Reviewing the respondent-appellant's briefs, it is true they represent disjointed, highly argumentative exercises in appellant advocacy. The factual points alluded to are incomplete and only selectively incorporated. Moreover, certain facts represented to us are clearly not of record, including a claimed "apparent heart attack" suffered by the respondent during the hearing or while in jail afterward. Most disconcerting of all are respondent's varied assertions questioning the integrity of the proceedings below. In this vein, respondent accuses the trial Judge, the clerk of the court, and the petitioner's attorney of all contributing to the making of false and misleading entries in the court file.

Certainly the respondent, a suspended attorney acting pro se, could have presented a more responsible, articulate, coherent brief. Nevertheless, where none of the purported violations of supreme court rules are so flagrant as to hinder or preclude review, then either the striking of a brief or the dismissal of an appeal is generally unwarranted. (Gallo v. Henke (1982), 107 Ill. App. 3d 21, 25, 436 N.E.2d 1068, 1070.) Although respondent's compliance with Supreme Court Rule 341 is minimal, we deem it sufficient to allow us to review the merits of this appeal. Petitioner's motions to strike the respondent's brief and reply brief are denied.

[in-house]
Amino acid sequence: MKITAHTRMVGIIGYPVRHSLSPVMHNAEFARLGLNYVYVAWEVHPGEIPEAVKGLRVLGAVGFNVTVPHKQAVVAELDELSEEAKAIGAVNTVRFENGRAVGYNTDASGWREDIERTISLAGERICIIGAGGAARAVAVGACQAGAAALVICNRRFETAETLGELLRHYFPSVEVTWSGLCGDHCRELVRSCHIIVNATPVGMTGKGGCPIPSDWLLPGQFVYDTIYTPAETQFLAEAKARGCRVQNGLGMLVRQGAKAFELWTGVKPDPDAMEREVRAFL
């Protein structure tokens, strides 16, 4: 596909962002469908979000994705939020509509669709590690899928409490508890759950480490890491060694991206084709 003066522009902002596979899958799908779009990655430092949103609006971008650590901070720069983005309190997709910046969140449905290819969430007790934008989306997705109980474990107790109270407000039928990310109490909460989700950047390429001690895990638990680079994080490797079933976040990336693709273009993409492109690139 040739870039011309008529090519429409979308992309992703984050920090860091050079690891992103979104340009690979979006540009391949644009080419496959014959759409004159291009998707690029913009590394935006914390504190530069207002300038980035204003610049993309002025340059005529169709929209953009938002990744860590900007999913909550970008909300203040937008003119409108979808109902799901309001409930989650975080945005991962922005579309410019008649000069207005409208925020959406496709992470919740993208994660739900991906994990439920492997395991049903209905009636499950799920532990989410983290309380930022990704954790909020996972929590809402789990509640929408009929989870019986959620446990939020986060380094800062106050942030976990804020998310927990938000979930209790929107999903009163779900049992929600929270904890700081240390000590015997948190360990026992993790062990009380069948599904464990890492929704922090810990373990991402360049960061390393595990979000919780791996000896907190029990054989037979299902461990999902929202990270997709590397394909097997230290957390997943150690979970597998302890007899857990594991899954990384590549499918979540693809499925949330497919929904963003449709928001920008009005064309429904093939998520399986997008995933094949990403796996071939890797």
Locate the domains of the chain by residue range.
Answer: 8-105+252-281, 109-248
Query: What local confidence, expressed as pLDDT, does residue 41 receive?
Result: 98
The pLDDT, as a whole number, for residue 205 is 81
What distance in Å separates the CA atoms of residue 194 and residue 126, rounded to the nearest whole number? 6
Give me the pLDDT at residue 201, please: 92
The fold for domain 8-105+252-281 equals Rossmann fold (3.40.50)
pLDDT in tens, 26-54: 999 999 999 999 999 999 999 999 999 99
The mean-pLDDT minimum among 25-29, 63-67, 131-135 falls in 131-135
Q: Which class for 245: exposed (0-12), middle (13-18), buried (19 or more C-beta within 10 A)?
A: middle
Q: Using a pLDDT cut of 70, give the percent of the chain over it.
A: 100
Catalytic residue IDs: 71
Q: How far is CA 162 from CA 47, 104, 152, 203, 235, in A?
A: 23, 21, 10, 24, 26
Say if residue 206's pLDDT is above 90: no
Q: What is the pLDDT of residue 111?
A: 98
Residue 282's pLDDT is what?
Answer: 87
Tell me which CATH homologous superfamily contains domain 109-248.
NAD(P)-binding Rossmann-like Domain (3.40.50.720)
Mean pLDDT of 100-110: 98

Again, this matter comes before us upon a petition for rule to show cause alleging failure to pay child support during the years 1984, 1985, and 1986. As background, the original petition for dissolution of marriage was filed by the petitioner, Julie Betts, on March 26, 1982. The case was ultimately assigned to Judge William T. Caisley of the circuit court of Ford County.